Every time a scheduled task is created, executed, or tries to run, an entry is made into a log. You can view the log using the Advanced image from book View Log command. This log is a simple text file with the most recent entries added to the bottom. This log file is helpful to determine any problems that have occurred with the scheduled tasks.

Some programs such as virus scanners automatically create a scheduled task as part of their installation. Sometimes these installations create tasks that are hidden, but you can view any hidden tasks in the Scheduled Tasks folder using the Advanced image from book View Hidden Tasks menu command.

Setting scheduled task properties

Selecting the Properties menu command from the right-click pop-up menu opens the Properties dialog box with three tabs. The Task tab, shown in Figure 39.8, includes a Run line that works exactly like the Start image from book Run dialog box. If you click the Browse button, you can change the program or document executed when the task is run.

image from book
Figure 39.8: The Task tab of a task's Properties dialog box lets you change the program and log in info.

Note 

The Run field can also include command-line parameters that are used to configure how the application runs. I cover using these parameters later in this chapter.

The Start in field lets you specify where the program runs, and can be a different folder if you've selected to open a document. For example, if you select to run a Word document, you want to set the Start in directory to be the location of the Word application.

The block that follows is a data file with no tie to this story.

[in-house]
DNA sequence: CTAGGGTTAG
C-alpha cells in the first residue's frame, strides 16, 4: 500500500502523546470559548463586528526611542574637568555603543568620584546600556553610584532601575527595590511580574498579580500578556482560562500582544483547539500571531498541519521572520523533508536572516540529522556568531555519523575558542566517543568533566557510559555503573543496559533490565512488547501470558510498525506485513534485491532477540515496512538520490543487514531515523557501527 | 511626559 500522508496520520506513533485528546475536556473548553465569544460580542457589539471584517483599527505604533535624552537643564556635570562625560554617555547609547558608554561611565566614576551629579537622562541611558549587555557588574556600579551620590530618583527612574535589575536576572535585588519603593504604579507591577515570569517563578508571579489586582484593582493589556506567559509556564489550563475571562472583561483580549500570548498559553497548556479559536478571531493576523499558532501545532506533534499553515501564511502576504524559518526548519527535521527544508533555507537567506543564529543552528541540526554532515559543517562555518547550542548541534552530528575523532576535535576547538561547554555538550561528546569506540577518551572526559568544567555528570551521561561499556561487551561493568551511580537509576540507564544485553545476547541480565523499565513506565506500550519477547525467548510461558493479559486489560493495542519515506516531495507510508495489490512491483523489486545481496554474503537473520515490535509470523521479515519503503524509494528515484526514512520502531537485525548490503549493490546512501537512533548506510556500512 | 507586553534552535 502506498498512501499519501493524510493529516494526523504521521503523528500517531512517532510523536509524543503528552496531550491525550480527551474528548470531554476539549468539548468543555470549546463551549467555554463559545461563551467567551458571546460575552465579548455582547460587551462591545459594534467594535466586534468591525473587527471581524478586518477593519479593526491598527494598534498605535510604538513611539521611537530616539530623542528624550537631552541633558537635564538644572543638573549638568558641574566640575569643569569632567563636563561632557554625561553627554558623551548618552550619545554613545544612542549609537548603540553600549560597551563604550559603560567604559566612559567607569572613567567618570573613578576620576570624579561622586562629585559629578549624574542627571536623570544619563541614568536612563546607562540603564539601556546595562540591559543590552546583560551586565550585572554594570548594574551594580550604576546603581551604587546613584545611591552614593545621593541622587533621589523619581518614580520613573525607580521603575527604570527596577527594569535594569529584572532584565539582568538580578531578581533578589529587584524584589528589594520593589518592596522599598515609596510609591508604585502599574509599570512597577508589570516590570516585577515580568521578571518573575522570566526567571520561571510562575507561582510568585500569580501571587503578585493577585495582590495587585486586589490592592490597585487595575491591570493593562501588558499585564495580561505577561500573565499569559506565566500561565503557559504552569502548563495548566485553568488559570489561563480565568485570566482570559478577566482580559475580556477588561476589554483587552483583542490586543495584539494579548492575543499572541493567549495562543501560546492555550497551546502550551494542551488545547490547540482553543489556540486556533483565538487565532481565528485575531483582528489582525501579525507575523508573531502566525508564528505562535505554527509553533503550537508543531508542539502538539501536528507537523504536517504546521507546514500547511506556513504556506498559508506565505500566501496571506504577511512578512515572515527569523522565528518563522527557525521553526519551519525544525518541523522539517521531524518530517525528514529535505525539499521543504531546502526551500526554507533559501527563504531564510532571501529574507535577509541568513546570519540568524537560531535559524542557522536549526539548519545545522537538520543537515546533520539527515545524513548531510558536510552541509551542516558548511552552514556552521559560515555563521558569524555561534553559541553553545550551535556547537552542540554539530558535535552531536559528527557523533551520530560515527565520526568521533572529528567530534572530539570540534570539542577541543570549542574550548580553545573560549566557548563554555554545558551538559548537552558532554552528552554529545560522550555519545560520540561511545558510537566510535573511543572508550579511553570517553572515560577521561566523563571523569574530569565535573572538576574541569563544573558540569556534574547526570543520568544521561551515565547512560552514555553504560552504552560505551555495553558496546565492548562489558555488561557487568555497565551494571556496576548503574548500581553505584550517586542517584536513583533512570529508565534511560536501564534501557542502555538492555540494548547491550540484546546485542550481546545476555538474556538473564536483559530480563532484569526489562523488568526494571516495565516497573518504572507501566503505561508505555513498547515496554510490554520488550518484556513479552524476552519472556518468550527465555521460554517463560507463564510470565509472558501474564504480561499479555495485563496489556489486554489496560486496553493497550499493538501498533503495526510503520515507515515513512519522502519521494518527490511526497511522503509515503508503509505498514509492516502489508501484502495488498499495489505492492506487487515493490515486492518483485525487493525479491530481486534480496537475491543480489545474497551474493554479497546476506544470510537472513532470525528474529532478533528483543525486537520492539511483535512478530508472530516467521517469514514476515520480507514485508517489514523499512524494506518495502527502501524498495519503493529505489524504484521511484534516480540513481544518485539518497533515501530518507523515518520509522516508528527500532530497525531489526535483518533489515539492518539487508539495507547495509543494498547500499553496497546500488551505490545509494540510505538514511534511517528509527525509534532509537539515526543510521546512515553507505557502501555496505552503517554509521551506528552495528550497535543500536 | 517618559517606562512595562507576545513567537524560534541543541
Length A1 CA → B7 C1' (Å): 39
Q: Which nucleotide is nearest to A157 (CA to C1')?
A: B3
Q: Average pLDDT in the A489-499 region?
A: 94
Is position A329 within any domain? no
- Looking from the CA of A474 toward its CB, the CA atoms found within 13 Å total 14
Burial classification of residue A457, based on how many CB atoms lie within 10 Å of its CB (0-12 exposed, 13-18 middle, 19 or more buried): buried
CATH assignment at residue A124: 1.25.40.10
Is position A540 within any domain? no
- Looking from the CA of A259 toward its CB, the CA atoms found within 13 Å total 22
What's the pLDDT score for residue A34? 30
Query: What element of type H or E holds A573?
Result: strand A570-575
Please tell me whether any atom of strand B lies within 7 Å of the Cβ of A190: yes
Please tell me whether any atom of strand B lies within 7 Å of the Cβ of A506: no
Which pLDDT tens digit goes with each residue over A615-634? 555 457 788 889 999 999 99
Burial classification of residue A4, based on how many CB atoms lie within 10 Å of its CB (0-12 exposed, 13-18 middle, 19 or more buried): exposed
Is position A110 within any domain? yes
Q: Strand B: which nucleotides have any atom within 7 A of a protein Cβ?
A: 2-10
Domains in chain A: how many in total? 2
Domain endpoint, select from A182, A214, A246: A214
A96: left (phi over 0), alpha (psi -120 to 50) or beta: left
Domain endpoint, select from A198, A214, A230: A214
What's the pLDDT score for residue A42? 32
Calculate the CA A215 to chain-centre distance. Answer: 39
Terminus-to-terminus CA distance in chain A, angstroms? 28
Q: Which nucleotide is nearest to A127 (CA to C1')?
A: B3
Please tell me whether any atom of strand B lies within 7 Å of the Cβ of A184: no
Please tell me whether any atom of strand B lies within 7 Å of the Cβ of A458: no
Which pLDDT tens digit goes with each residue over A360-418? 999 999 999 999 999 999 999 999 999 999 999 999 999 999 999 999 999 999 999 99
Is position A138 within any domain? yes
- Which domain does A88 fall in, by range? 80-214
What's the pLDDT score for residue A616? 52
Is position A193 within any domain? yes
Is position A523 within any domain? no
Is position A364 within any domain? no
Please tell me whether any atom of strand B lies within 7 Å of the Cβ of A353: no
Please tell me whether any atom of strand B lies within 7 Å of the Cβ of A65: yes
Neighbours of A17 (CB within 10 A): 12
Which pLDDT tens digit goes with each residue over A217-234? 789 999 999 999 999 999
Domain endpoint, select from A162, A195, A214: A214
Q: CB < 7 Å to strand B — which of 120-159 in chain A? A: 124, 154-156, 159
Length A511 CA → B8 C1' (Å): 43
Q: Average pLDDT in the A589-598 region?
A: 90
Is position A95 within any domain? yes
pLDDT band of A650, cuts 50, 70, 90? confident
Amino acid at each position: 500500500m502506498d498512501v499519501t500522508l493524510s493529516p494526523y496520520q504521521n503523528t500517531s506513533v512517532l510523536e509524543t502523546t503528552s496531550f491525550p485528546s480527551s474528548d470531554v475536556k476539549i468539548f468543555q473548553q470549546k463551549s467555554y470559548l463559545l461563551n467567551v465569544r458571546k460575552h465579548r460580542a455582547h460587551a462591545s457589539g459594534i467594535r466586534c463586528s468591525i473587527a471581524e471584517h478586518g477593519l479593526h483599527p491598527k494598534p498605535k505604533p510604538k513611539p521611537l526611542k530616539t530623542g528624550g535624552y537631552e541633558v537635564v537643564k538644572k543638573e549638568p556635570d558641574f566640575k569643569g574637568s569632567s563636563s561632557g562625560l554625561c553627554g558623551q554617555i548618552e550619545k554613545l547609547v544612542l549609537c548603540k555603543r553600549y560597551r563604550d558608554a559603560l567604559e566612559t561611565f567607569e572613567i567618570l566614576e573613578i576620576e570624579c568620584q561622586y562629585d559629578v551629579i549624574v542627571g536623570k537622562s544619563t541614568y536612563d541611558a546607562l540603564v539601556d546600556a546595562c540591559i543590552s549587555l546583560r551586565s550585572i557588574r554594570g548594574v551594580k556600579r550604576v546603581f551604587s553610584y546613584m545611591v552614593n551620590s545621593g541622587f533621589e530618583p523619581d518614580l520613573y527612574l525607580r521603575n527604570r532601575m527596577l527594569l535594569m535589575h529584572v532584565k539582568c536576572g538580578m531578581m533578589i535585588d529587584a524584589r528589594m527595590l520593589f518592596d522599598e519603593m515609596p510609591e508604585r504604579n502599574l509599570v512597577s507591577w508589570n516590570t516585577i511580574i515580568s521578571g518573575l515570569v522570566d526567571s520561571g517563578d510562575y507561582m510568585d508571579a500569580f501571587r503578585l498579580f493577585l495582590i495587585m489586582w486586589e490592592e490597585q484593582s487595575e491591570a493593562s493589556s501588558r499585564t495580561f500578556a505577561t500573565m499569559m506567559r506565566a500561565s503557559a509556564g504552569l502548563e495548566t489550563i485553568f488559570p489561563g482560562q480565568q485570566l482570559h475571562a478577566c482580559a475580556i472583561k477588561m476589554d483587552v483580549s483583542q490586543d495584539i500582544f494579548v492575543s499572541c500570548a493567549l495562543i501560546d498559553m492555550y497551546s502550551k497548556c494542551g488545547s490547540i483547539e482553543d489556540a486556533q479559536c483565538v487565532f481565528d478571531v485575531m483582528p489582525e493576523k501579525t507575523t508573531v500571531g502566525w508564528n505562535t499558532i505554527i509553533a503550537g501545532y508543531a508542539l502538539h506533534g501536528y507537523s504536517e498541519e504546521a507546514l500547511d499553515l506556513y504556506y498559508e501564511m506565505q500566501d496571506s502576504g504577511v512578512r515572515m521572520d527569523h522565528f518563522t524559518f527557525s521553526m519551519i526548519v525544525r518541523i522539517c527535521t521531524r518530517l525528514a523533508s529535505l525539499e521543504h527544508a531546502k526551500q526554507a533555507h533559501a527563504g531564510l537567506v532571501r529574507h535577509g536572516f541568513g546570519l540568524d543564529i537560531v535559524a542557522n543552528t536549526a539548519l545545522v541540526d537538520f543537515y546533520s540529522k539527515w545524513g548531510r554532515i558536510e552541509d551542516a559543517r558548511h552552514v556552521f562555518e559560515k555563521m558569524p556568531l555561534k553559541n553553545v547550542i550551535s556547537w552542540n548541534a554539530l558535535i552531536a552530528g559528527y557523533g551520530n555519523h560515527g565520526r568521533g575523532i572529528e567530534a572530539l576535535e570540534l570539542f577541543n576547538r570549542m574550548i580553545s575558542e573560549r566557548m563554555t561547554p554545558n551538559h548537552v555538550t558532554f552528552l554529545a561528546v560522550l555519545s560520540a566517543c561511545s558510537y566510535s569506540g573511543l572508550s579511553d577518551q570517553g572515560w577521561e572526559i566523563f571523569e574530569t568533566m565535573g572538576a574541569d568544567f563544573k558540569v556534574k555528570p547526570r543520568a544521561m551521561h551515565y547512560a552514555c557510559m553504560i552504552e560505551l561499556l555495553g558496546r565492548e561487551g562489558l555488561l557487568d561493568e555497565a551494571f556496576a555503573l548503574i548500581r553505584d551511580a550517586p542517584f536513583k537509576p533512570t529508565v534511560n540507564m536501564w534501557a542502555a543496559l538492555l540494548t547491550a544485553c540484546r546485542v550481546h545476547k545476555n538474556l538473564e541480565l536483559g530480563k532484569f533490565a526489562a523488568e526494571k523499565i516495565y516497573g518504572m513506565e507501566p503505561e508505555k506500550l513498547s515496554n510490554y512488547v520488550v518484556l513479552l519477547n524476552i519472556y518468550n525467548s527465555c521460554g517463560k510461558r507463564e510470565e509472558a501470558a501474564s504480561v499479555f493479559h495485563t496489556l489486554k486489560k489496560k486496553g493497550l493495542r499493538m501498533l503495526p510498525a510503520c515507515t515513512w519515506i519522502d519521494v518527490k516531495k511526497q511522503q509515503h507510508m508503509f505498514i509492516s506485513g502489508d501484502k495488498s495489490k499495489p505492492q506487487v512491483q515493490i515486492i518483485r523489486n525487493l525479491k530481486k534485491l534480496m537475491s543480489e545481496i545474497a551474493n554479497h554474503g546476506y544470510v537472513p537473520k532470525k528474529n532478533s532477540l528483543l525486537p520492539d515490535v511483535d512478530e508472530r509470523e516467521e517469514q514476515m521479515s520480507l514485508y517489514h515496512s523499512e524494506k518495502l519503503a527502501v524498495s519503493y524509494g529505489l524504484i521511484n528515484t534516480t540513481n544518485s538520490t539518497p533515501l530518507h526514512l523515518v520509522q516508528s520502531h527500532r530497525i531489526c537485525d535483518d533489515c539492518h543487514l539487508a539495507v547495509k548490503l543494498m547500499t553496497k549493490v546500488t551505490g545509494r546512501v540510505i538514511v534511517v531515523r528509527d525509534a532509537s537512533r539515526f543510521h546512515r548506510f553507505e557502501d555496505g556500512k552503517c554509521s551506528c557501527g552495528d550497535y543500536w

The Comments section lets you enter some notes to help identify the goal of the task. You can also select the user that runs this task.

The Run only if logged on option keeps scheduled tasks from running if another user is logged into the computer. The Enabled option provides another way to disable the task without deleting it.

Changing the task schedule

The Schedule tab, shown in Figure 39.9, includes settings for specifying the time and date for the task. The options are the same as those found in the wizard: Daily, Weekly, Monthly, Once, At system startup, and At logon. For each option, you can set the Start time and date.

image from book
Figure 39.9: The Schedule tab of a task's Properties dialog box lets you set the task's time and date.